In his initial comments, Howard appeared to be implying that by not allowing the Tampa to proceed and by insisting that the Afghan refugees should go to Norway, he was acting in conformity with international law since these people were not being sent back to Afghanistan, where their lives or freedoms are threatened.
Australia was on firmer legal grounds though, when it stopped the Tampa from proceeding to Christmas Island and its troops boarded the ship. The 1982 Law of the Sea and principles of customary international law require that passage of a ship inside the territorial waters of a party to the Convention must be "innocent" and must have permission from the coastal state authorities.
Since permission was not granted for the Tampa to enter Australian territorial waters, the Australian coastal authorities had the right to stop it. The 1982 Law of the Sea also authorizes a coastal state to take necessary actions for health, immigration and law enforcement purposes.
But what is "legal" may not always necessarily be the moral or the humanitarian thing to do. And Australia prides itself as being a "fair-dinkum" immigrant nation. The Australian government's actions, at least in the initial stages of the crisis, were not very humanitarian or moral, albeit maybe or maybe not (just) being "legal".
At least as far as the initial refusal to allow the Tampa to enter Australian territorial waters, the government spokesmen's legal position were not fully informed or justified.
Regardless of the judicial outcome or the eventual fate of the refugees, a few issues or lessons partly based on international law can already be postulated from this crisis.
First, international law principles cannot always be consistent and systematically applied to all crisis situations. Although the Australian government's initial rejection of the Tampa may have been in violation of at least the spirit of some principles of international law, once the ship entered its territory it was legally justified to stop the ship.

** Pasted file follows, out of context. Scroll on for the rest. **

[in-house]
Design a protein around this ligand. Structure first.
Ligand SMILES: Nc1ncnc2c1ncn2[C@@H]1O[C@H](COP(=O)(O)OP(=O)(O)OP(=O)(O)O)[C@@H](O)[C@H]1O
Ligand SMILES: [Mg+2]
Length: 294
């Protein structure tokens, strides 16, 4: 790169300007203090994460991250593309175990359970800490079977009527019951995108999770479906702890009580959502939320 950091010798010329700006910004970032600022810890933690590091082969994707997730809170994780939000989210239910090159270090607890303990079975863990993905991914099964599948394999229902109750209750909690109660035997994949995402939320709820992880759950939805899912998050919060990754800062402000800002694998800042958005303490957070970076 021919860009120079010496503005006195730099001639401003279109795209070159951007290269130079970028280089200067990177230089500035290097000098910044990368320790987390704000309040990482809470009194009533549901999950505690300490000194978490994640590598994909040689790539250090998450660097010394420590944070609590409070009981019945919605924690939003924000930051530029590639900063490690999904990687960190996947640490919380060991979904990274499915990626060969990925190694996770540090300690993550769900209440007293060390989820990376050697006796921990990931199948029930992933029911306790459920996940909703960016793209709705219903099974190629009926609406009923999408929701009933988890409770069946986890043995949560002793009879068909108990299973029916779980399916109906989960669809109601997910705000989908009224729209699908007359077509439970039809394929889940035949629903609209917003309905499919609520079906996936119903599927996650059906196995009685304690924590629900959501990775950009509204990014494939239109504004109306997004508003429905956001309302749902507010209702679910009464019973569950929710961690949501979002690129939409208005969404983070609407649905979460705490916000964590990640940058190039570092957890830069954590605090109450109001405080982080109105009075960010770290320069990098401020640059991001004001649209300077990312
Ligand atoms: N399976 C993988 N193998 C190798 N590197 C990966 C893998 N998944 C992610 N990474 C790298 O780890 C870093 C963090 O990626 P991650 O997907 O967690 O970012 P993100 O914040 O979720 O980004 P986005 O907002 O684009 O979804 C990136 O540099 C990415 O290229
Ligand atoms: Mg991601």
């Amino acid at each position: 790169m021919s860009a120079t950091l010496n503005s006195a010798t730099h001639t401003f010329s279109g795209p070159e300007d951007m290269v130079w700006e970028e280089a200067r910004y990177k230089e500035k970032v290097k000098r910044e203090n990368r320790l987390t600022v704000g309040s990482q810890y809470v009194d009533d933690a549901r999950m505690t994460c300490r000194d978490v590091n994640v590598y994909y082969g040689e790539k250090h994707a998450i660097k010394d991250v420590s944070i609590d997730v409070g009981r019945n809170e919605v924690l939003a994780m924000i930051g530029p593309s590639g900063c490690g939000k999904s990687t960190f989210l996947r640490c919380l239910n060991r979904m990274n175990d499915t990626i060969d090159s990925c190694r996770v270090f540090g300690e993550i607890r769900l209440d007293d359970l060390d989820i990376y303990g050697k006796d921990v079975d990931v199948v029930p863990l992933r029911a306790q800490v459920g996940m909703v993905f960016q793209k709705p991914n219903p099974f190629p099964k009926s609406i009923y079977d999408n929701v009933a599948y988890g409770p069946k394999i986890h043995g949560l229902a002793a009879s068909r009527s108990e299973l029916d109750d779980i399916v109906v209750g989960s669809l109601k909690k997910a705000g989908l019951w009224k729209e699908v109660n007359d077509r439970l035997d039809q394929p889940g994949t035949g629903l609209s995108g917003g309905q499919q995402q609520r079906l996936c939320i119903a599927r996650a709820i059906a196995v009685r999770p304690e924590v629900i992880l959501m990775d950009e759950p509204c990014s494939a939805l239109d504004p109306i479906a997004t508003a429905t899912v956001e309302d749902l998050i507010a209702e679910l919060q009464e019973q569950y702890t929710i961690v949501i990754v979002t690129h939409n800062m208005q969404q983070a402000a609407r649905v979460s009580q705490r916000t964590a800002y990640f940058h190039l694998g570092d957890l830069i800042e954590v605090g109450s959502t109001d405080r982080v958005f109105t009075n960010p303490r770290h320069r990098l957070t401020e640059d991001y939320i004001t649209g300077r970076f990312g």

That "sovereignty" -- as much a political as it is a legal principle -- has been and can be used to justify "inhumane" actions, which indicate that governments would rather withstand criticism or lose face internationally rather than lose popularity at home.
Finally, one could only guess the "precedent value" of this incident. Prime Minister Howard and other Australian government officials justify their actions by saying that a message needs to be sent to people smugglers or "queue jumpers" that Australia is not a "soft target" as far as illegal arrivals are concerned.
But perhaps from a humanitarian viewpoint, an equally if not more important question is: would future rescuers -- like the Tampa's captain -- shy away from making similar rescues for fears that they might end up having to keep them?
Worse still, will some governments instruct their ship's captains, perhaps even on pain of penalties, not to save and indeed to ignore any distress calls at sea? The government of Norway acted in a humanitarian and admirable way when it agreed to allow some of the Afghans its ship had rescued to be settled in Norway, regardless that applications for refugee status would be processed in Nauru, Australia or elsewhere.
Though not in law but probably in fact, the "finder" may end up being a "keeper" of some of the Afghan refugees. One can only hope that this postulated outcome of an aspect of the Tampa imbroglio will, on the whole, establish a positive rather than negative precedent.
The writer lectures at the School of Social and Economic Development at the University of the South Pacific in Suva, Fiji Islands.